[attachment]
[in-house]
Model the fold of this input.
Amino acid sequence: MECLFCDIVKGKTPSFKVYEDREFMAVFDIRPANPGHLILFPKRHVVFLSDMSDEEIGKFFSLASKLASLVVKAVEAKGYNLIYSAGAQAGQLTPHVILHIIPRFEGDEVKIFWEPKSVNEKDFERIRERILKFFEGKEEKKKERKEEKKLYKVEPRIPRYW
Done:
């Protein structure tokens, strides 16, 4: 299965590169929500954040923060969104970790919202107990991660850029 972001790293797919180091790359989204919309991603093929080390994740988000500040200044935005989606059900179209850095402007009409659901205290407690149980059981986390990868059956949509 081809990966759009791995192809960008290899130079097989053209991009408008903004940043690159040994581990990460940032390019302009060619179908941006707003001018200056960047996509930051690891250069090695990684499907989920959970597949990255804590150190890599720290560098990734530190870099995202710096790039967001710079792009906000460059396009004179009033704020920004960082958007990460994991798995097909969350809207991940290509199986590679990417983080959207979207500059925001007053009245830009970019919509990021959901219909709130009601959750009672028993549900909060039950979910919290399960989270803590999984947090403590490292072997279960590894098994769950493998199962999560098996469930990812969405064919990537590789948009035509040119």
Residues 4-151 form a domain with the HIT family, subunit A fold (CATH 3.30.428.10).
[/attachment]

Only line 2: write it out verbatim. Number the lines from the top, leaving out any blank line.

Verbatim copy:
Model the fold of this input.